Now because Porter recognizes what the conventional economic defense for business to not be involved in this is that there is a “trade-off” he hits this claim back, and he hits it hard. He argues that there is in fact NO trade-off between social and economic progress. He goes so far as to say that “business does not profit from causing social problems.” Rather, as he sees it, “business PROFITS from solving social problems.” (For example, with a safer work environment or healthy employees a company has higher profitability and economic efficiency.)
As a proponent of cross-sector collaboration, and a current team member of a for-profit start-up around helping solve a societal issue (unemployment and underemployment) this gives me reassurance. It also in a way vindicates me that at least in theory I am: 1) not crazy; and 2) among many other people in the field who think this is not only possible but perhaps the best and only possible meaningful long-term approach to affect positive social change in ways that are large and scaleable. The group which I am a part of is also one such example of what Porter is talking about when he says that there are corporations who are doing this very thing which he is advocating, in facing societal problems.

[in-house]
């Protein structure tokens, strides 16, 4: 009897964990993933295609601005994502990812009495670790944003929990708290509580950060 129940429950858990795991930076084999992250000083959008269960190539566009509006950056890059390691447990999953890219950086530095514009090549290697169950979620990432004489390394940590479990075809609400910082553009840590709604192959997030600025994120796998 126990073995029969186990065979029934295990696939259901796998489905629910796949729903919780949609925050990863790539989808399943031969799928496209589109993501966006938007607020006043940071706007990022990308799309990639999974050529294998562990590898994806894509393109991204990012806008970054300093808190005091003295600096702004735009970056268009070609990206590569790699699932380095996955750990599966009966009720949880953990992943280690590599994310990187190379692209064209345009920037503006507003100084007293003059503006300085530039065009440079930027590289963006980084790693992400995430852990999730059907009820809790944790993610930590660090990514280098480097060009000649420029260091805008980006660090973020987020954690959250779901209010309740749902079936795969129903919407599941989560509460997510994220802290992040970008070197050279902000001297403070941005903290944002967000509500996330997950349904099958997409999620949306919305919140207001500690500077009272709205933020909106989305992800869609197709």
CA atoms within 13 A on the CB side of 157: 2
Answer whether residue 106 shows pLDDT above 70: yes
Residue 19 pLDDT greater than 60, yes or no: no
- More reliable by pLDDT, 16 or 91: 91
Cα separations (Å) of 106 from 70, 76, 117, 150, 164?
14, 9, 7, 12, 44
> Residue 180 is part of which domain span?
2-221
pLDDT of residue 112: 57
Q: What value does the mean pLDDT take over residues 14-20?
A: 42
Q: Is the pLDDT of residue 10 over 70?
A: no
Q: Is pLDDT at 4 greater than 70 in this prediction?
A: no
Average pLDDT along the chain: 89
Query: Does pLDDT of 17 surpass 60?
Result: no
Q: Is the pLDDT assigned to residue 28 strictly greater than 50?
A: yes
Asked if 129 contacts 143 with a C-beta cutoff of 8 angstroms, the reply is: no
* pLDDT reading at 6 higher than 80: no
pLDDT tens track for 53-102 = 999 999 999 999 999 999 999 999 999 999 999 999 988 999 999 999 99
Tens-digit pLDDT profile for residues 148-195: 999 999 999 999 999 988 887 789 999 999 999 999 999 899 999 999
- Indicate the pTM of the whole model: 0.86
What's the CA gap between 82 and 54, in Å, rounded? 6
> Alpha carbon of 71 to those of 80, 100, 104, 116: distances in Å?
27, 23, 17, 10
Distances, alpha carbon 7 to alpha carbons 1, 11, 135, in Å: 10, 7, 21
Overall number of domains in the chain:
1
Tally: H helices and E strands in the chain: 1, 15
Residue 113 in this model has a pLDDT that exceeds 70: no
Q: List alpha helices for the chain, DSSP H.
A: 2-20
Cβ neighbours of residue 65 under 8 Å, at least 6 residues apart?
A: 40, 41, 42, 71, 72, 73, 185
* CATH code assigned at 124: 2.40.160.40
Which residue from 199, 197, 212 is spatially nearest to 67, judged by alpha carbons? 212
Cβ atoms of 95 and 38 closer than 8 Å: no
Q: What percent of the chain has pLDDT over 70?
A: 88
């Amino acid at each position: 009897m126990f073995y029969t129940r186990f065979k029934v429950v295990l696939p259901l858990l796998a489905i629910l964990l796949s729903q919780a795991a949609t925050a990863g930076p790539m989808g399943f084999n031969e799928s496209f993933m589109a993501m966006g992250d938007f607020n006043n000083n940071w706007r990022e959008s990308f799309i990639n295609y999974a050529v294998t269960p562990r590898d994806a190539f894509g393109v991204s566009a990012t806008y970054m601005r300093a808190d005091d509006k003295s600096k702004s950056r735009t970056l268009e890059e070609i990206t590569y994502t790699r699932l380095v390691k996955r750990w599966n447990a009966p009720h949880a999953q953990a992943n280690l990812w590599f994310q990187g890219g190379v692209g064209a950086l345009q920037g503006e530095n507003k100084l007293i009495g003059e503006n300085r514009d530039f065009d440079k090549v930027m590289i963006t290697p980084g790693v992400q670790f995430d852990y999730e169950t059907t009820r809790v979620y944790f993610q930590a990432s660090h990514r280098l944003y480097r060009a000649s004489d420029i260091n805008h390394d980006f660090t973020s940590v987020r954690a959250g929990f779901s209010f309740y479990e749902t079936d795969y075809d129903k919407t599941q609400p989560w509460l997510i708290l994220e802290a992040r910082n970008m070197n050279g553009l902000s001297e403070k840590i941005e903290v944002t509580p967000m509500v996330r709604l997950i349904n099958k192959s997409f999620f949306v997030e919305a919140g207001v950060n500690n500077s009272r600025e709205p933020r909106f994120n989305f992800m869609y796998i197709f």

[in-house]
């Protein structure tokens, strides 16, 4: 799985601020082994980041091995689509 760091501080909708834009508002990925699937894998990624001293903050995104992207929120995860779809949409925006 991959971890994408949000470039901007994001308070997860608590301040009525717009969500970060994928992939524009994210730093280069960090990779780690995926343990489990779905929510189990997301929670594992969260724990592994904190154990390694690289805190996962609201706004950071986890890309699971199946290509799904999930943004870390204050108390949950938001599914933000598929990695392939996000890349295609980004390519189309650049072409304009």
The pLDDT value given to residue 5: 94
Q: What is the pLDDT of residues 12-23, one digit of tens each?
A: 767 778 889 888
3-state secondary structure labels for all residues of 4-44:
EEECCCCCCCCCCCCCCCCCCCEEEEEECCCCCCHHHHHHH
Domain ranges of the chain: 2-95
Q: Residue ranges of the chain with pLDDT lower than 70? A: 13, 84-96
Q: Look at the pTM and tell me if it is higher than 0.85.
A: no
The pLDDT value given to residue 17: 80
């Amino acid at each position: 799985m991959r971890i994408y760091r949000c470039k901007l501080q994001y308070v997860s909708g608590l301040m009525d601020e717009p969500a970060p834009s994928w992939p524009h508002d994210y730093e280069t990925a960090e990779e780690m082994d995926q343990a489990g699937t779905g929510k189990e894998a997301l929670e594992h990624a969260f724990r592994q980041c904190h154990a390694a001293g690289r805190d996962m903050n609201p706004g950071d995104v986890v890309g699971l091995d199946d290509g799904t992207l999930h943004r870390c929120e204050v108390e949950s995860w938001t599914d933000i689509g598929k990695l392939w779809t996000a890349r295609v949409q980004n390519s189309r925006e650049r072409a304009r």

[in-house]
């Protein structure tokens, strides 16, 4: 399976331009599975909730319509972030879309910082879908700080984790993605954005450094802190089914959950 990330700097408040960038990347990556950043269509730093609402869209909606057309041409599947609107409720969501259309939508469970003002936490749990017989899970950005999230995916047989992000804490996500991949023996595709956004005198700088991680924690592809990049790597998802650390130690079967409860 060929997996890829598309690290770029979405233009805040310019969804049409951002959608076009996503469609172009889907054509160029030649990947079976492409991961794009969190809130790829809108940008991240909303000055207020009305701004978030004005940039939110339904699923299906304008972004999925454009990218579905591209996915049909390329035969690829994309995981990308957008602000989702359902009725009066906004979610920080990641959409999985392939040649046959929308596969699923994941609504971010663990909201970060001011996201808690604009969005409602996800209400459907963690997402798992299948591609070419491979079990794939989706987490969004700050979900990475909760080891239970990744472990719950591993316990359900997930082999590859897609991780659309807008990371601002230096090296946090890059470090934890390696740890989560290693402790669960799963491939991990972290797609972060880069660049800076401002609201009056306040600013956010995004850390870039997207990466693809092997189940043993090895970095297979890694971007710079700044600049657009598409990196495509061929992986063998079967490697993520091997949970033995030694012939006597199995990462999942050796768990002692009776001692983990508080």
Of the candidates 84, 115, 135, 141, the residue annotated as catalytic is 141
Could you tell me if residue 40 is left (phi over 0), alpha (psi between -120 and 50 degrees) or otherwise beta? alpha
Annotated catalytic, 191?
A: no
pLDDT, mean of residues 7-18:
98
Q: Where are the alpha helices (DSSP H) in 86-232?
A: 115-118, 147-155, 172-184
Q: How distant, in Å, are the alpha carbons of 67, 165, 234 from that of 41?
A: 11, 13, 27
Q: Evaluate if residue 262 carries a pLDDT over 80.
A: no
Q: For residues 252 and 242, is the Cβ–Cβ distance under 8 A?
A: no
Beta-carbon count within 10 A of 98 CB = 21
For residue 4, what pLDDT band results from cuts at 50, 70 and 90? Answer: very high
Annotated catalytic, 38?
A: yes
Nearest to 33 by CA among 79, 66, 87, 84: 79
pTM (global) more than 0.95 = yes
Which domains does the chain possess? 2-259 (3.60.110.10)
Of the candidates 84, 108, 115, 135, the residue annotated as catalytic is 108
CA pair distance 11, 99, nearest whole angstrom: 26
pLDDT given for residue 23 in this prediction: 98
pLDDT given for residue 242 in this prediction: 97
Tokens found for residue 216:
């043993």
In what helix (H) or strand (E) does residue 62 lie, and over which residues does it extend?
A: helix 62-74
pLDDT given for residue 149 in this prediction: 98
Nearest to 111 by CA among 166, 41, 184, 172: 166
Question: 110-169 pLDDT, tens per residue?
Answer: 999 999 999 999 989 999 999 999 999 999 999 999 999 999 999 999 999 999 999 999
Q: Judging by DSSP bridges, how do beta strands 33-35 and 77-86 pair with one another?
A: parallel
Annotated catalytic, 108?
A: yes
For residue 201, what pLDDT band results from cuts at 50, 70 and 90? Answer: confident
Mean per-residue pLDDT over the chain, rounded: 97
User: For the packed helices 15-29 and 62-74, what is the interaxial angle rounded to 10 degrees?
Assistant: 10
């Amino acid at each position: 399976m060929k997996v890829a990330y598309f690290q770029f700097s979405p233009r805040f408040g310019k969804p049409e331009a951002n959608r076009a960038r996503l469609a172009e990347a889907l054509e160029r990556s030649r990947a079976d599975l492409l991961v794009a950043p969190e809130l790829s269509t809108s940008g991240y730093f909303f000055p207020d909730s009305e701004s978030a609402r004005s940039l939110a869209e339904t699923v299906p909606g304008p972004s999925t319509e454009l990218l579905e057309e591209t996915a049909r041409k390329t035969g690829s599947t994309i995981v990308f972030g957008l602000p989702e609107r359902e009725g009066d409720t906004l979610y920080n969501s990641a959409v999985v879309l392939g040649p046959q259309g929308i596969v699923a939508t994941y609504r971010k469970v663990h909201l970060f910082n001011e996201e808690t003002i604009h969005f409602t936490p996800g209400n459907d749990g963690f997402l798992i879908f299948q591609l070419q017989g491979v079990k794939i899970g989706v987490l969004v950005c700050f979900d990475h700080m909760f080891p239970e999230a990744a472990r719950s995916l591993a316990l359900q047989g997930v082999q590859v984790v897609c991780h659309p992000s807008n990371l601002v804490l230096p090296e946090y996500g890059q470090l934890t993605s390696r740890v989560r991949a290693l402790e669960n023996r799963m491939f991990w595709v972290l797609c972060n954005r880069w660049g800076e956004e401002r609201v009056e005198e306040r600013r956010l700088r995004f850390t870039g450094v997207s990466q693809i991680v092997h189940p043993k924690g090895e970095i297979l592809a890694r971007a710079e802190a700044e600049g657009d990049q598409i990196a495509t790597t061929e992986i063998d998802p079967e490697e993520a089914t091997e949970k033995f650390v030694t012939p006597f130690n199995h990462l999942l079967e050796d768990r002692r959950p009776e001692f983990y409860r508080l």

When you get down to the main argument, I believe Porter is claiming that “corporations profit from doing good.” This is a fundamental opportunity for businesses to impact and address these problems, but also more broadly the greatest economic and business opportunity perhaps have the current century. If you want an equation, a business that gets this and wants to grow in response to this opportunity, it will be creating shared value. Where, as Porter equates: